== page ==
Stonewall – What Changed … And What Didn’t.
The Stonewall riots have long been recognized as the birthplace of all alternative community activism as we know it today. It can be credited as the absolute starting point for the recognition and growing acceptance of not only gay rights, but all alternative community rights.
However, as much as Stonewall led to significant and important changes – having led to legal gay marriage, continued rights activism worldwide, and a burgeoning community that is finally finding acceptance in the mainstream – there is a dark undercurrent that still runs strong through our community. Some very important things have not changed at all.
It is something we overlook as we continue to fight for our rights and something we participate in daily, with or without realizing it. It has no name, we have given it no title by which we can identify it or call it out. Is this because we don’t have time to deal with one more thing? Or is it that we know that once we name it, we will be accused of nourishing and raising it?
Perhaps a look at the history will help us define this hidden beast, bring it out into the light so that we may, as a community, finally slay it and be done with this dark chapter of our story. We try every day to encourage inclusion, to demand respect for all of our members. Let us look to our own back roads and alleys, as a community, and see who we left behind.
It is time to understand the truth of Stonewall and the truth of the real warriors that sparked our revolution. It is time to finally look take a hard look at ourselves, at our own community, and realize that we are guilty of a deep and shameful crime … the ultimate marginalization and whitewashing of our own people and history… and to admit to ourselves that this horrendous injustice carries on to this day.
We need to take a moment here before we get too deep into the stories of Stonewall and hidden darkness that follows after it, to discuss a word I will be using quite often from this point on. We need to discuss it because we have gotten so used to using it, we don’t think about it anymore. It has become one of those vague things that we don’t consider the true meaning behind.
Did you ever wonder why we needed to add the Q to LGBT? The definition does not speak well to our motives.
Queer – adjective –
A. worthless, counterfeit
B. questionable, suspicious
C. differing in some odd way from what is usual or normal
1 eccentric, unconventional
2 mildly insane: touched
D. absorbed or interested to an extreme or unreasonable degree: obsessed
Not very flattering is it? Why would we choose to use such a word to define our own community members?
I believe we tried to halfway reclaim this word, but only just enough so that we could then use it ourselves the same way it was being used against us before the reclamation … as a separating point. We added it to our beloved acronym as a way to soothe our own guilt, without actually needing to look at ourselves and address a bias that has existed as long as the fight for rights has, if not as long as humans have breathed air.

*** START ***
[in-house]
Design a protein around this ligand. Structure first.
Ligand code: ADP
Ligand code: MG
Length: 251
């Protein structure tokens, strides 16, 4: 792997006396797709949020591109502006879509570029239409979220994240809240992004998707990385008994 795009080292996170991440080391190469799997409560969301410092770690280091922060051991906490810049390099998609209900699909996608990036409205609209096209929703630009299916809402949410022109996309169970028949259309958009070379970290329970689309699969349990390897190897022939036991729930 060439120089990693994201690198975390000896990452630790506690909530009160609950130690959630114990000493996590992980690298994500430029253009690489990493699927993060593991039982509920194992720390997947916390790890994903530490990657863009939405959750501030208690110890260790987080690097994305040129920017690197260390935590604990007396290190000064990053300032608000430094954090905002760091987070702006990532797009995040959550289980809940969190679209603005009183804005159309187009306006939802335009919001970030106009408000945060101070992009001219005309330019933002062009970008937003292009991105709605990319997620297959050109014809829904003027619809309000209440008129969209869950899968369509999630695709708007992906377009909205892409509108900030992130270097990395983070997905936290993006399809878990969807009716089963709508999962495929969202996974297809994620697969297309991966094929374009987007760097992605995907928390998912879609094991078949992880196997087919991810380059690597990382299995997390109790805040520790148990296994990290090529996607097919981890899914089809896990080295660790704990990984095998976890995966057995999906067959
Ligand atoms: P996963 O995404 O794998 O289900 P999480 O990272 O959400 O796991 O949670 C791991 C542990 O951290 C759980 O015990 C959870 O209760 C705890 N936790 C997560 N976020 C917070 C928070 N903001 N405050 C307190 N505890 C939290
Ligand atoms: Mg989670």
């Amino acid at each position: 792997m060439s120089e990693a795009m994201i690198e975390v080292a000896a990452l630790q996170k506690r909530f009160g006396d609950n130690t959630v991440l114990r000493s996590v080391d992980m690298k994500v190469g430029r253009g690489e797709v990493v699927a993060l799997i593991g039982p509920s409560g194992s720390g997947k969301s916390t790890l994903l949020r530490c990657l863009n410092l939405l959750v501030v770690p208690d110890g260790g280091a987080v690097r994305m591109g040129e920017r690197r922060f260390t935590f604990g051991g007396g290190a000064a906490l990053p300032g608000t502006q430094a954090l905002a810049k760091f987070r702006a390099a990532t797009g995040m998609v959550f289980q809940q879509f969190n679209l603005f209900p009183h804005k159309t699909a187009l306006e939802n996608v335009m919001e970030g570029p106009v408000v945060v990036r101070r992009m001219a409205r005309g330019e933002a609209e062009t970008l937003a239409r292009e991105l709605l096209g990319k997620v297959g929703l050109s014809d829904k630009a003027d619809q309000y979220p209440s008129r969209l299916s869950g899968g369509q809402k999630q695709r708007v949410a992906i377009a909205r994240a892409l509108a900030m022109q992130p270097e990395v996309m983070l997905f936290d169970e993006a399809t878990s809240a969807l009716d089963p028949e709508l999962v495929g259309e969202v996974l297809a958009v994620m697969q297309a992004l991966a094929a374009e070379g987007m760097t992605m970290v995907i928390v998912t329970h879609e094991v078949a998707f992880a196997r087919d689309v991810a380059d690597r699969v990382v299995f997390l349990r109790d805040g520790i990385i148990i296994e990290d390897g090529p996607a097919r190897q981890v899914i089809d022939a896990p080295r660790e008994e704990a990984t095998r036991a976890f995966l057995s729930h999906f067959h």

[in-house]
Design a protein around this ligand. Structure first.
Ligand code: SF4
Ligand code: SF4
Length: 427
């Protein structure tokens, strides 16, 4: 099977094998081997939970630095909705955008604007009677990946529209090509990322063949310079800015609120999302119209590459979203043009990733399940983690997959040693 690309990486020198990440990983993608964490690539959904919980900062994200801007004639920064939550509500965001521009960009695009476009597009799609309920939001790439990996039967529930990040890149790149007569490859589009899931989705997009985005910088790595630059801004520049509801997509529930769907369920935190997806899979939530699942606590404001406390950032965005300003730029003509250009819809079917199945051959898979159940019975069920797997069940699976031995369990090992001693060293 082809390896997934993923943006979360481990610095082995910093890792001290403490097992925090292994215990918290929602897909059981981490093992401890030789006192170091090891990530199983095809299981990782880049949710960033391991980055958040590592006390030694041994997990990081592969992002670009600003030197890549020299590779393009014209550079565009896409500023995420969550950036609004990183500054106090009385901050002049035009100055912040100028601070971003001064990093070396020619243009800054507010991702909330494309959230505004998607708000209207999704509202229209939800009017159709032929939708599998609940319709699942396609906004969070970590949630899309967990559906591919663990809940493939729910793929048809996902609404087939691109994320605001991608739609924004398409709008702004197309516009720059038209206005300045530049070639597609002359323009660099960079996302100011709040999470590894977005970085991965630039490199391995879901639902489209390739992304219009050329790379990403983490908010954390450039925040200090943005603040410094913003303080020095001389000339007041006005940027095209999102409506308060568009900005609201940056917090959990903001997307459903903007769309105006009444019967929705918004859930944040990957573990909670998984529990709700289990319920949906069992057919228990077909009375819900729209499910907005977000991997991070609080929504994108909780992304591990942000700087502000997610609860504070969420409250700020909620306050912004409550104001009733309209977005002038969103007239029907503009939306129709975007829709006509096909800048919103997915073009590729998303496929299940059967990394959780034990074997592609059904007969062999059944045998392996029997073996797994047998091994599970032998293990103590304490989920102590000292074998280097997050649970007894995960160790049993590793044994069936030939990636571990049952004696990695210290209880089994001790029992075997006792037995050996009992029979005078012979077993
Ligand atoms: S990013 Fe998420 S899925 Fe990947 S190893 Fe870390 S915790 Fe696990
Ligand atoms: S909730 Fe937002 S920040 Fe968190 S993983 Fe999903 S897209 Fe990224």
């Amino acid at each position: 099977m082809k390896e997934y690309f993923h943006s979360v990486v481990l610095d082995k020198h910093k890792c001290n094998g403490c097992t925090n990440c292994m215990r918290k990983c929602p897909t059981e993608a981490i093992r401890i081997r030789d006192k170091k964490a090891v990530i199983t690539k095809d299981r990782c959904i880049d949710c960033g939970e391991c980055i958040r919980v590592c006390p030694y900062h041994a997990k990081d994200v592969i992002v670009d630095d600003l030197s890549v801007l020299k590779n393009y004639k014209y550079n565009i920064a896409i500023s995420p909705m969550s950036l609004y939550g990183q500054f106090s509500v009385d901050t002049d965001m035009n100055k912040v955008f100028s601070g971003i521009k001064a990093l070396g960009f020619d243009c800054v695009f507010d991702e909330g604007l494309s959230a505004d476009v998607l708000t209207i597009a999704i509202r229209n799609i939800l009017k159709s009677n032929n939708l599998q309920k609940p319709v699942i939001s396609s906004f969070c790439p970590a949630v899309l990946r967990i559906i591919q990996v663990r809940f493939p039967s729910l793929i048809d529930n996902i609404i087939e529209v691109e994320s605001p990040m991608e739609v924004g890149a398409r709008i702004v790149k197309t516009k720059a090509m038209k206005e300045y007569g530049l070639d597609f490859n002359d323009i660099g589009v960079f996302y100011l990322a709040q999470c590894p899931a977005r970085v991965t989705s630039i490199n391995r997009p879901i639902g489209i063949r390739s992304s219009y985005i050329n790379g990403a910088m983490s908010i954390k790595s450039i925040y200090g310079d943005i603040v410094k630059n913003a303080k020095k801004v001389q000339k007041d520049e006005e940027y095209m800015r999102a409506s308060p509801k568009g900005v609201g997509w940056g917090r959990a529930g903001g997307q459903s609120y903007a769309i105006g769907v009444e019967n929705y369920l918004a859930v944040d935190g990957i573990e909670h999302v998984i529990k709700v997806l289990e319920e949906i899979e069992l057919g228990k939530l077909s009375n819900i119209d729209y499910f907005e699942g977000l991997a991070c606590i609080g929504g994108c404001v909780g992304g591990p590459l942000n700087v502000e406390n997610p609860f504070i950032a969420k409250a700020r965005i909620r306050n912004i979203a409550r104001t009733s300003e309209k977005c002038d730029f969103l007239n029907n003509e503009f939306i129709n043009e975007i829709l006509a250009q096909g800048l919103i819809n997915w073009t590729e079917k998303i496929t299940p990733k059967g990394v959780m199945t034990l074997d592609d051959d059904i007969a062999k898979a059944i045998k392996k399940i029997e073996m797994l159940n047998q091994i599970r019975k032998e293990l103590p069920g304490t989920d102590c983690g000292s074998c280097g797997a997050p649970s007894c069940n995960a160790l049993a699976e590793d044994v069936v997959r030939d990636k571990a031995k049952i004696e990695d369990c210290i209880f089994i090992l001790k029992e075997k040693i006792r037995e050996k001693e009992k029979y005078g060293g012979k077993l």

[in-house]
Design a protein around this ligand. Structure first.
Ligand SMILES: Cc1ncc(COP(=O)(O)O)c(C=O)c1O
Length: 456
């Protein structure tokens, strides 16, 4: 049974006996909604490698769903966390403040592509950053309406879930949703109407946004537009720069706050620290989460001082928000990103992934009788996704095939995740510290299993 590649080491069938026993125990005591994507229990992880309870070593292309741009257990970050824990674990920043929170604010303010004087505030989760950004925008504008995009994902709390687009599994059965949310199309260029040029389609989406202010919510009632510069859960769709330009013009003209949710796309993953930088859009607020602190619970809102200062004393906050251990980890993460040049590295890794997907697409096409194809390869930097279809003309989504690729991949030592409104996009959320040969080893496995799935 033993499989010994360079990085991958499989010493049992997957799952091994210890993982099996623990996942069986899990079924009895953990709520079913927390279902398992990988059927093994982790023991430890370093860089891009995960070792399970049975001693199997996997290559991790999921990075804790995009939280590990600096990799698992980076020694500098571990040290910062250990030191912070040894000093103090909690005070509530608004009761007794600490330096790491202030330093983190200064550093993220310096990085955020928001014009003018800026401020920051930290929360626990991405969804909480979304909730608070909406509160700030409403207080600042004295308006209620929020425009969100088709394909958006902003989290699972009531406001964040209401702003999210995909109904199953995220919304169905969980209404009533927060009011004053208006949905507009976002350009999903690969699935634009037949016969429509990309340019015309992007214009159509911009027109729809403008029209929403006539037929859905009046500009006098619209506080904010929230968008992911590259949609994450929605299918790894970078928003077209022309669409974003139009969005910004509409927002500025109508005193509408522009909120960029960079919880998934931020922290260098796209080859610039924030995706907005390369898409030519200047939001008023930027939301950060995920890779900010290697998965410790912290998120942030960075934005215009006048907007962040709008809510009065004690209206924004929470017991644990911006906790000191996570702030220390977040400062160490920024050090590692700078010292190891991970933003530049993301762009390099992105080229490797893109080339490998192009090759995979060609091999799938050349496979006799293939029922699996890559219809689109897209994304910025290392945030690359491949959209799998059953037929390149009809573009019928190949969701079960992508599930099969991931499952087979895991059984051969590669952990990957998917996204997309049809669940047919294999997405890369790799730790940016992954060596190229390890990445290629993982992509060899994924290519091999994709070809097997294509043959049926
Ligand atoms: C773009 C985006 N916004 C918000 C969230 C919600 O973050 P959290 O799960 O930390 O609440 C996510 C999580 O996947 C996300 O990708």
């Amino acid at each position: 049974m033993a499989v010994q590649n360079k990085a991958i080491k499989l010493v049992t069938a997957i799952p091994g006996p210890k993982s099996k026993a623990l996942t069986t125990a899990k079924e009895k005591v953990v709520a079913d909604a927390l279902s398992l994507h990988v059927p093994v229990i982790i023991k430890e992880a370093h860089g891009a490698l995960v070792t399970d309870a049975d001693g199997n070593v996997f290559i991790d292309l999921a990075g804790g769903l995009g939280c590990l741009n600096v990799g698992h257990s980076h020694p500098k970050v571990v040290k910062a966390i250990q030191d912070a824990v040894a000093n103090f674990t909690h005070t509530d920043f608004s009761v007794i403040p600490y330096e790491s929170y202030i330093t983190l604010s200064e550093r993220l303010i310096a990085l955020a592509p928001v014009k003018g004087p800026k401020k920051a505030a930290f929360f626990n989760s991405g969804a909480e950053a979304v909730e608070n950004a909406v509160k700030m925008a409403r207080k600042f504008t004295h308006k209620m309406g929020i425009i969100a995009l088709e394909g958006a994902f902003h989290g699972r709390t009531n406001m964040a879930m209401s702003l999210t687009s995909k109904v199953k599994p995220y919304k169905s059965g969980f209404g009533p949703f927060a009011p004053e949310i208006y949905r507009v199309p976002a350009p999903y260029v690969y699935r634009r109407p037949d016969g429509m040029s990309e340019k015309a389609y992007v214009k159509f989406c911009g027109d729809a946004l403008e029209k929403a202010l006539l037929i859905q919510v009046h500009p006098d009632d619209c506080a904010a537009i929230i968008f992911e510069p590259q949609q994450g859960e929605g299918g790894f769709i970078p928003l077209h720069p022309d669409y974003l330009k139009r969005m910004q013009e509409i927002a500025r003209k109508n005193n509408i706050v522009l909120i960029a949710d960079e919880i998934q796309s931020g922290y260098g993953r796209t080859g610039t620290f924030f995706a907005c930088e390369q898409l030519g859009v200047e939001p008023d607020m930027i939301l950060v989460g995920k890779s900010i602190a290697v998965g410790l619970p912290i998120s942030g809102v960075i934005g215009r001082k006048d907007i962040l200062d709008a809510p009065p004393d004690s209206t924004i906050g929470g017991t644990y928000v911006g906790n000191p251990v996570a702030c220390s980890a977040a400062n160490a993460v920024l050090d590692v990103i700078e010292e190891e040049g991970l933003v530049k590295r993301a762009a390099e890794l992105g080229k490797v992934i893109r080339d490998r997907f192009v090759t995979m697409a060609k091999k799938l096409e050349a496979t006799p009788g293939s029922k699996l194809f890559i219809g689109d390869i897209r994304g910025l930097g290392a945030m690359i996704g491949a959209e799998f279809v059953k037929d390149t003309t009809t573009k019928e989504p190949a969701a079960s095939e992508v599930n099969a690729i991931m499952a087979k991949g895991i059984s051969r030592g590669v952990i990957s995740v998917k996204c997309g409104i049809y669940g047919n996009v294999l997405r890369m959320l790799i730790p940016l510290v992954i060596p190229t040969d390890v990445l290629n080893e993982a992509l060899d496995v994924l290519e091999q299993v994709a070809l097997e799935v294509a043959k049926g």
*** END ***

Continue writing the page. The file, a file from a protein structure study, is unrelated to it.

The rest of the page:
I’ll never be able to prove it. It is admittedly pure conjecture on my part, though conjecture based on massive amounts of research of how certain members of our community are so often used, then tossed aside as unseemly when they were no longer needed by the mainstream acceptable members of our community. It is no coincidence that there is such a fight to add even more letters as certain members fight their way out of the quagmire that is “queer”, they don’t want to be associated with it either.
In the remainder of this paper, I will be using the collective “queer” as it was often used in our own community – as a single word to separate out those that are not quite good enough, in our eyes, to be labeled with the other letters. We have eased this harsh view in recent years, but the dark current that is the term “queer” still flows freely for some parts of our community.
It will include, as it so often does today, the following – transvestites, drag kings and queens, street kids, gay males that are too effeminate, lesbians that are too butch, persons of color, the leather community, and occasionally even a few straight, but not entirely straight and nowhere near narrow, allies that we just don’t know how else to classify, but want to somehow include in our community.
As you read, please remember these definitions, and remember this list. Remember the ideas that word encompasses. Consider the undercurrent of disapproval this word may be creating to valid and unbelievably important members of our community. It’s important to understanding why I felt this essay needed to be written.
I’d also like to suggest that we, as a community, take full control of this word, bring it fully into our lexicon with a rich, full, and positive definition, and who knows, maybe a flag or symbol of its own.
Before 1:20 am on June 27, 1969, gay activism looked very different from anything we see now. Gay rights activism in the late 50s and early 60s saw the first organizations hoping to secure gay rights and acceptance for our people.